Velázquez and Bacon, Pope Innocent X, 1650 / Pope I – Study after Pope Innocent X by Velázquez, 1951
To me, the mystery of painting today is how can appearance be made. I know it can be illustrated, I know it can be photographed. But how can this thing be made so that you can catch the mystery of appearance within the mystery of the making? … One knows that by some accidental brush marks suddenly appearance comes in with a vividness that no accepted way of doing would have brought about.
Francis Bacon, one of the Great Masters of the twentieth century. His paintings are raw, emotional, dark, haunting and often grotesque.
He said he always admired ‘the magnificent colour’ of the Velázquez painting of Pope Innocent X. And that he had nothing against the Popes but merely sought an excuse to work with these colours.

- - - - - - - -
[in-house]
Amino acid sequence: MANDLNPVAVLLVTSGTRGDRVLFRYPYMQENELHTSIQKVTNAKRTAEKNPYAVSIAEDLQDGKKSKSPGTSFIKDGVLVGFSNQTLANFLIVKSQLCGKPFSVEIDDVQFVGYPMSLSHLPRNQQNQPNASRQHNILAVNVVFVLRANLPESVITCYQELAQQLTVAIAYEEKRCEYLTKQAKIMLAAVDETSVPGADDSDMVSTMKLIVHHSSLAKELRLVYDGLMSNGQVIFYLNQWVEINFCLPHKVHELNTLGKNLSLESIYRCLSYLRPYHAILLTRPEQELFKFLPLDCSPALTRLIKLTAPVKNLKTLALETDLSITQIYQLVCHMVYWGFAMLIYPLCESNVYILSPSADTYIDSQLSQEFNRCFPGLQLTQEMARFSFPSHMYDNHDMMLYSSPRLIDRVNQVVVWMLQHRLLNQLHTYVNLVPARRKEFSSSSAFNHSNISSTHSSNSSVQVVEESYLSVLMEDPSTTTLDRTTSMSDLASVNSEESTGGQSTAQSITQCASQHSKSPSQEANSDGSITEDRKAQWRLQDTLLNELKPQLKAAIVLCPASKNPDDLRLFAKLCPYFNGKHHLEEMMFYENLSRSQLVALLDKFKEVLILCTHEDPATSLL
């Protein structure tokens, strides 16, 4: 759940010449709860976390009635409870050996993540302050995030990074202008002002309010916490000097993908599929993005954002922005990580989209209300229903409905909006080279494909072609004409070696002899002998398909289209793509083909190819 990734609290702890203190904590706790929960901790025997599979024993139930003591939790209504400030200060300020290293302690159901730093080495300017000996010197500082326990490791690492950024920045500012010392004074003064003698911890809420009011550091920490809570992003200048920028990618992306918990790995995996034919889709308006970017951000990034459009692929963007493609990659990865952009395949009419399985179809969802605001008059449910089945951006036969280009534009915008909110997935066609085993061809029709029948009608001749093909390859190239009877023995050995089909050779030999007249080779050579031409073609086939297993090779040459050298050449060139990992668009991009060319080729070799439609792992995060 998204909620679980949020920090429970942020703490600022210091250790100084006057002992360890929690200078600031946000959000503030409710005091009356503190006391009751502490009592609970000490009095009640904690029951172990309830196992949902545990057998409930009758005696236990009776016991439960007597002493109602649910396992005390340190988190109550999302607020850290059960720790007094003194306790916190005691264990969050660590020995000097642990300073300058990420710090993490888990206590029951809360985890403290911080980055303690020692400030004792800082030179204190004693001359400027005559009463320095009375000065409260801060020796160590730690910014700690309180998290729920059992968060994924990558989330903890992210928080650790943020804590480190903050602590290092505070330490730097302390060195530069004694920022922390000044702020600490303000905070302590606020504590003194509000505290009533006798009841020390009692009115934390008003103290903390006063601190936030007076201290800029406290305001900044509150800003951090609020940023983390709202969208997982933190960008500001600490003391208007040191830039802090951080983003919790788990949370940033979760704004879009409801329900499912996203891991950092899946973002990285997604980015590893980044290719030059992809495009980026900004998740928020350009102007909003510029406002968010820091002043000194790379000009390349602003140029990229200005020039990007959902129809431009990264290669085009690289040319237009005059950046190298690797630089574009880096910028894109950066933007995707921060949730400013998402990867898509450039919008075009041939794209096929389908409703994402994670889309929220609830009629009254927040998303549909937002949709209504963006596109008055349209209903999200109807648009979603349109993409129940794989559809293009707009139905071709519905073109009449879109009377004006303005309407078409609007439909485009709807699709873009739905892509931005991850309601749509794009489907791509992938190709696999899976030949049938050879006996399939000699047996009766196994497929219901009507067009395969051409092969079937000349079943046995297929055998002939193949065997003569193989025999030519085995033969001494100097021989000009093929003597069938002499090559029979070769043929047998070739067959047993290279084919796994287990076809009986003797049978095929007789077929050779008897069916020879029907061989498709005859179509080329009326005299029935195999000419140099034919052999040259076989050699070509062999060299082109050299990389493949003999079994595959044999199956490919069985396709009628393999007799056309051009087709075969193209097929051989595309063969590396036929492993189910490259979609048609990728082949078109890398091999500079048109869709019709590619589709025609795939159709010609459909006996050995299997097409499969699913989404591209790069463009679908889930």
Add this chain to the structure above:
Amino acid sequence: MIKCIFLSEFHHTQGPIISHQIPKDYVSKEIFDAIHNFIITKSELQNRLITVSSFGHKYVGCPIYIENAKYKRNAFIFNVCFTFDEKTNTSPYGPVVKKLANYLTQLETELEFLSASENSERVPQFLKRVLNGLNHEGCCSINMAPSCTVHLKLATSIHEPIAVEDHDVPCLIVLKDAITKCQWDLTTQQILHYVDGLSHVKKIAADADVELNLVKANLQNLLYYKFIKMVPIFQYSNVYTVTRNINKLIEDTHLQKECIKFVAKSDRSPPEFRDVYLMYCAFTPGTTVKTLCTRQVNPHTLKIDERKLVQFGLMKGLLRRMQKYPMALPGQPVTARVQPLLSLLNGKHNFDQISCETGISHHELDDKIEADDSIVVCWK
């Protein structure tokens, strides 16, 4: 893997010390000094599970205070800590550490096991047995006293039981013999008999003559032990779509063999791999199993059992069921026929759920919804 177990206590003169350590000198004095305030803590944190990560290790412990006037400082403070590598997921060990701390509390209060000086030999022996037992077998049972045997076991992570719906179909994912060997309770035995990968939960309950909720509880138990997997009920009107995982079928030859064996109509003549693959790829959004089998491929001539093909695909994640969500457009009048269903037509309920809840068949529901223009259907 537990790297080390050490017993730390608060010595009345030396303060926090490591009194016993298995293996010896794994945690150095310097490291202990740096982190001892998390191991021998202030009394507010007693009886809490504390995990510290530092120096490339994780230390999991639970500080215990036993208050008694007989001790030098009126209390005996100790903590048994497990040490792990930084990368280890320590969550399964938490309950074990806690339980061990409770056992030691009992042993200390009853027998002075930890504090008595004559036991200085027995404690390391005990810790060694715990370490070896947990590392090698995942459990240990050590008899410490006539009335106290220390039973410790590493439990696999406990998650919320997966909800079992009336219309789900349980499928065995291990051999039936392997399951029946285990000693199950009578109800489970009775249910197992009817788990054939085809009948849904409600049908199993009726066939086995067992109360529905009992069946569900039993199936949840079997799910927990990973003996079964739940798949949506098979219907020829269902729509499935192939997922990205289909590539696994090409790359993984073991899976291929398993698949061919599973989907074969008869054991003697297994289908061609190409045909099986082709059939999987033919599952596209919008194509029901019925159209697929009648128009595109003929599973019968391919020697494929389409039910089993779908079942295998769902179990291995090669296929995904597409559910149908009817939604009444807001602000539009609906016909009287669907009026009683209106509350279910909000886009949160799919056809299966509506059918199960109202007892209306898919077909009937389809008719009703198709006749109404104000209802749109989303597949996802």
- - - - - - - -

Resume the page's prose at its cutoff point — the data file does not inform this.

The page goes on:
His goal with this series of paintings that he worked on throughout the 50s and 60s (45 in total!) dedicated to the Great Spanish Master was to go beyond both pure representation and pure abstration.
I am sure if we got both Diego and Francis in the same room together they would have much to talk about!
Tid-bit: Bacon’s great-great grandmother Lady Charlotte Harley (apparently a great beauty) was closely associated with Lord Byron.